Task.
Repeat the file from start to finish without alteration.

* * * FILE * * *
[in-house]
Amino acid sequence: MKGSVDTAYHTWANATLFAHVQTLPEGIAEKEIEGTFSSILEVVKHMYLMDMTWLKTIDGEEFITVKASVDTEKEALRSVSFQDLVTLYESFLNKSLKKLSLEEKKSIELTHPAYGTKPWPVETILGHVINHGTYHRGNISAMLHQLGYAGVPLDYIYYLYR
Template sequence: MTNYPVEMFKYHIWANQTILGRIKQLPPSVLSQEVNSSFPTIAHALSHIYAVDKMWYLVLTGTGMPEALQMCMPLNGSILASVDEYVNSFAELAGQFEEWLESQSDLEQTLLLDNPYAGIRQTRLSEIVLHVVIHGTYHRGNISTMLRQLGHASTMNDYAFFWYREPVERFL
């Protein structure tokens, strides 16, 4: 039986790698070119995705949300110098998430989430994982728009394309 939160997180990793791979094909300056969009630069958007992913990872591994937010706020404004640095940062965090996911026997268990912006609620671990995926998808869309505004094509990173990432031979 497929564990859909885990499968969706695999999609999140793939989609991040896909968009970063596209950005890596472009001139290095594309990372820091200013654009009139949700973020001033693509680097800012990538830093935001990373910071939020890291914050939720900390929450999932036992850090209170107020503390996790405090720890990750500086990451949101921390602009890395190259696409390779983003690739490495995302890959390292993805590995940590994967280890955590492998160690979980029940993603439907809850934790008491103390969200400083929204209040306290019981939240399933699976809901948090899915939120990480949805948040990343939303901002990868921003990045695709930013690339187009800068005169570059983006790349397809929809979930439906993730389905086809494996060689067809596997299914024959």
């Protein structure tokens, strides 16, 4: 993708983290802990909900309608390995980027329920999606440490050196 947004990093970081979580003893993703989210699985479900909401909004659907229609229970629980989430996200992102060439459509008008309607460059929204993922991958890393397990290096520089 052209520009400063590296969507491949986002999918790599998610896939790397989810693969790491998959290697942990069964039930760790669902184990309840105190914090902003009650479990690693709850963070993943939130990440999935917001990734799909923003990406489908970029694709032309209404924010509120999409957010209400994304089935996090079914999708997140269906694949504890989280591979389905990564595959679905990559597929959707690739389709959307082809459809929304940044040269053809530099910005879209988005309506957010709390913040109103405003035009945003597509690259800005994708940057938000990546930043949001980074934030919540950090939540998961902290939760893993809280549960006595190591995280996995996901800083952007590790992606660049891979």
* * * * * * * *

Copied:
[in-house]
Amino acid sequence: MKGSVDTAYHTWANATLFAHVQTLPEGIAEKEIEGTFSSILEVVKHMYLMDMTWLKTIDGEEFITVKASVDTEKEALRSVSFQDLVTLYESFLNKSLKKLSLEEKKSIELTHPAYGTKPWPVETILGHVINHGTYHRGNISAMLHQLGYAGVPLDYIYYLYR
Template sequence: MTNYPVEMFKYHIWANQTILGRIKQLPPSVLSQEVNSSFPTIAHALSHIYAVDKMWYLVLTGTGMPEALQMCMPLNGSILASVDEYVNSFAELAGQFEEWLESQSDLEQTLLLDNPYAGIRQTRLSEIVLHVVIHGTYHRGNISTMLRQLGHASTMNDYAFFWYREPVERFL
């Protein structure tokens, strides 16, 4: 039986790698070119995705949300110098998430989430994982728009394309 939160997180990793791979094909300056969009630069958007992913990872591994937010706020404004640095940062965090996911026997268990912006609620671990995926998808869309505004094509990173990432031979 497929564990859909885990499968969706695999999609999140793939989609991040896909968009970063596209950005890596472009001139290095594309990372820091200013654009009139949700973020001033693509680097800012990538830093935001990373910071939020890291914050939720900390929450999932036992850090209170107020503390996790405090720890990750500086990451949101921390602009890395190259696409390779983003690739490495995302890959390292993805590995940590994967280890955590492998160690979980029940993603439907809850934790008491103390969200400083929204209040306290019981939240399933699976809901948090899915939120990480949805948040990343939303901002990868921003990045695709930013690339187009800068005169570059983006790349397809929809979930439906993730389905086809494996060689067809596997299914024959």
């Protein structure tokens, strides 16, 4: 993708983290802990909900309608390995980027329920999606440490050196 947004990093970081979580003893993703989210699985479900909401909004659907229609229970629980989430996200992102060439459509008008309607460059929204993922991958890393397990290096520089 052209520009400063590296969507491949986002999918790599998610896939790397989810693969790491998959290697942990069964039930760790669902184990309840105190914090902003009650479990690693709850963070993943939130990440999935917001990734799909923003990406489908970029694709032309209404924010509120999409957010209400994304089935996090079914999708997140269906694949504890989280591979389905990564595959679905990559597929959707690739389709959307082809459809929304940044040269053809530099910005879209988005309506957010709390913040109103405003035009945003597509690259800005994708940057938000990546930043949001980074934030919540950090939540998961902290939760893993809280549960006595190591995280996995996901800083952007590790992606660049891979």